Recent rains brought a flood of rubbish, mainly plastic, to the beach at the mouth of the uMngeni River in Durban. Picture: Willem Deyzel
Events like the storm of October last year that sent nurdles into the ocean and the destructive high tides of 2007 are triggers for people to remember ongoing issues affecting the ocean.

“People have short memories,” said Oceanographic Research Institute coastal scientist Bronwyn Goble. “There is a lot of effort to clean things up when things happen, then they forget.”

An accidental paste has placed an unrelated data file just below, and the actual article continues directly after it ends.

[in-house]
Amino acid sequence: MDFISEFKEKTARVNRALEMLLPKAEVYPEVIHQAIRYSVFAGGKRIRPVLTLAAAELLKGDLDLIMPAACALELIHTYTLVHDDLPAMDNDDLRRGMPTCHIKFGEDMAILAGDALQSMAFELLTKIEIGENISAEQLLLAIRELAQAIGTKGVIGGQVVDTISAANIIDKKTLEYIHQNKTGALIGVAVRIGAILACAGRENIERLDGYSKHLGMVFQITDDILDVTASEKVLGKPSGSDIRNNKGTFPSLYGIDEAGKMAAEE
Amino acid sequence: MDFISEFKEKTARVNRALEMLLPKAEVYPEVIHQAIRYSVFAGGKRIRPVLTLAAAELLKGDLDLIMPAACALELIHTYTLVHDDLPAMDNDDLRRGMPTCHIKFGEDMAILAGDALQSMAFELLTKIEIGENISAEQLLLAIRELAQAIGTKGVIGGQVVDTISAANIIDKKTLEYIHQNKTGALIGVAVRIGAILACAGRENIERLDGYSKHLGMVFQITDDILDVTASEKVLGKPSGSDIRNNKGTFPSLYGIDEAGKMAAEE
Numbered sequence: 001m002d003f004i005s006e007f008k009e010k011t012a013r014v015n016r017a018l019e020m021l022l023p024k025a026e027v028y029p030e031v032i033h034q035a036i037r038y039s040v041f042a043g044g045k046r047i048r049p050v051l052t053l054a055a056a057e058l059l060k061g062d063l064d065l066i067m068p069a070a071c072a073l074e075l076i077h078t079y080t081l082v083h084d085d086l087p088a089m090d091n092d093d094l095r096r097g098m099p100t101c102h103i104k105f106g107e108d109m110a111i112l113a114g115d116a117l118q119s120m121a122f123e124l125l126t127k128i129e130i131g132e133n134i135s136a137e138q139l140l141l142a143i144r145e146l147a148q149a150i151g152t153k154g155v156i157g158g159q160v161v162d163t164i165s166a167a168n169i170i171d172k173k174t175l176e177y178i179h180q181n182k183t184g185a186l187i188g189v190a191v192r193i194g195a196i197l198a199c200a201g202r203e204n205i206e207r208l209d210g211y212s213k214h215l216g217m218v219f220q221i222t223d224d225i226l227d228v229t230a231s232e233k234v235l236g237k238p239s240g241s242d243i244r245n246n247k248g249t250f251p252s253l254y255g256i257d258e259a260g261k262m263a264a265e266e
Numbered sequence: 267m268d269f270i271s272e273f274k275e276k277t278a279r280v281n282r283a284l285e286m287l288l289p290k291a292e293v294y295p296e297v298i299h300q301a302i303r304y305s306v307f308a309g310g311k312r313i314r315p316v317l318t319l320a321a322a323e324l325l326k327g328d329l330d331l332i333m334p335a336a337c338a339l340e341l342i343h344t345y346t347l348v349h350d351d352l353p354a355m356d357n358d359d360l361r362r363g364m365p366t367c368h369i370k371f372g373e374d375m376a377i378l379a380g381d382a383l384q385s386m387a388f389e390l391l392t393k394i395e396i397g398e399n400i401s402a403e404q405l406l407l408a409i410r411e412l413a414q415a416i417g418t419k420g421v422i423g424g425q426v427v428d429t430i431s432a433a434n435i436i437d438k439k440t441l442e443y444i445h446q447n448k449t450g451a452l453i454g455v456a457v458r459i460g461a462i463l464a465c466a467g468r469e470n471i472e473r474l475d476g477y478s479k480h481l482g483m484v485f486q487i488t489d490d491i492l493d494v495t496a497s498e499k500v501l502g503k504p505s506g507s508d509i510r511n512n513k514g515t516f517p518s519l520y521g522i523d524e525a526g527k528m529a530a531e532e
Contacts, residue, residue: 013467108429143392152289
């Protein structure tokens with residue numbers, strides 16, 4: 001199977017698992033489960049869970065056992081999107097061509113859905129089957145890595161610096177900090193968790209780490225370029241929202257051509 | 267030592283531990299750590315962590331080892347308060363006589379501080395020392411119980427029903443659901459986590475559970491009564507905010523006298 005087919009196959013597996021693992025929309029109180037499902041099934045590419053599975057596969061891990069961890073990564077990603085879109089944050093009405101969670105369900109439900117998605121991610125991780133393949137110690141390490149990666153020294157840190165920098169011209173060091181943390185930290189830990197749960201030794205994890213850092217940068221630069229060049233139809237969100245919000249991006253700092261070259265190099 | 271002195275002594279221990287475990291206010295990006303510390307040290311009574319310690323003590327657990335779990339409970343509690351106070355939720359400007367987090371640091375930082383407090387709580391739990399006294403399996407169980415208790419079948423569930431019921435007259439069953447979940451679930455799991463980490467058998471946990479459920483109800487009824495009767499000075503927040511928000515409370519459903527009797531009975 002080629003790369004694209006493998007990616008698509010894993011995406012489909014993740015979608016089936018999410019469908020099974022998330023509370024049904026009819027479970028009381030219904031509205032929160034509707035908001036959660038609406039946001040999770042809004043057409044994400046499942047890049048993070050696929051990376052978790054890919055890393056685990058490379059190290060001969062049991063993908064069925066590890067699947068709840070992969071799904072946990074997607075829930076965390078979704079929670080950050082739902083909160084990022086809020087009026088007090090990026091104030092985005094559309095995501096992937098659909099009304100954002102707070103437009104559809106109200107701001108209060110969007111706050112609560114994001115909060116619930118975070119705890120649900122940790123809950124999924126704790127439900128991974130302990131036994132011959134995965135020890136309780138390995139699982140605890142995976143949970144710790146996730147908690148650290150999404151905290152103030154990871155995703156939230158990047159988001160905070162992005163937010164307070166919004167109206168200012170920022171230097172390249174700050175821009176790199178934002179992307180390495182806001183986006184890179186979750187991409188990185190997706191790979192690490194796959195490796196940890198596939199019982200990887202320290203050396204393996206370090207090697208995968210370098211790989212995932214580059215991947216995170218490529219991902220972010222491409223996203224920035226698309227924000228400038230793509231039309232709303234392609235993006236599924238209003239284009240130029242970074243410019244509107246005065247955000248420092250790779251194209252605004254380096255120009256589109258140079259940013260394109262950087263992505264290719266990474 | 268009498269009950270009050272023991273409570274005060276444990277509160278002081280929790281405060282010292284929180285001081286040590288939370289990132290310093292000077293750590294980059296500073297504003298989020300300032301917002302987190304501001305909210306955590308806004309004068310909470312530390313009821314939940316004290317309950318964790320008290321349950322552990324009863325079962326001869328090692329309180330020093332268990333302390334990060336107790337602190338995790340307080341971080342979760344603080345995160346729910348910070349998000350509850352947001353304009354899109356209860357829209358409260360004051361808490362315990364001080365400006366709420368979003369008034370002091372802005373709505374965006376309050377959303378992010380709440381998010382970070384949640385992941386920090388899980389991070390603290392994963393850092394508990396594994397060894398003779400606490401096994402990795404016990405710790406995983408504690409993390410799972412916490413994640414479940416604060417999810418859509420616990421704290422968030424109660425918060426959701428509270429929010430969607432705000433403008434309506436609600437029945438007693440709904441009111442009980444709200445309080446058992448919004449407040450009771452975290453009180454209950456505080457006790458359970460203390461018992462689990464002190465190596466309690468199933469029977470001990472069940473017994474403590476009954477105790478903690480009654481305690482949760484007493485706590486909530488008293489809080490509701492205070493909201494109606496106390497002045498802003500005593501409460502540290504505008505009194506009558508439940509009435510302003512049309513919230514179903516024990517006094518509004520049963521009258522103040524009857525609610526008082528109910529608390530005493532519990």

The big issue, she said, was unwanted plastic from inland constantly entering the ocean, particularly when rivers are in flood.

Plastic items break down into microplastics and have the same impact on marine life as nurdles.

“They act as bio-accumulators, absorbing toxins like pesticides that may be in the water, acting like sponges.

“Fish mistake them for food,” she said, adding that bigger species then eat those fish and eventually the toxic plastic may even make its way into humans.

More than 20 tons of nurdles have been collected on KwaZulu-Natal beaches in the past year, estimated to be about a third of the total that fell from a ship in the October 10 storm.

Report sightings of nurdles at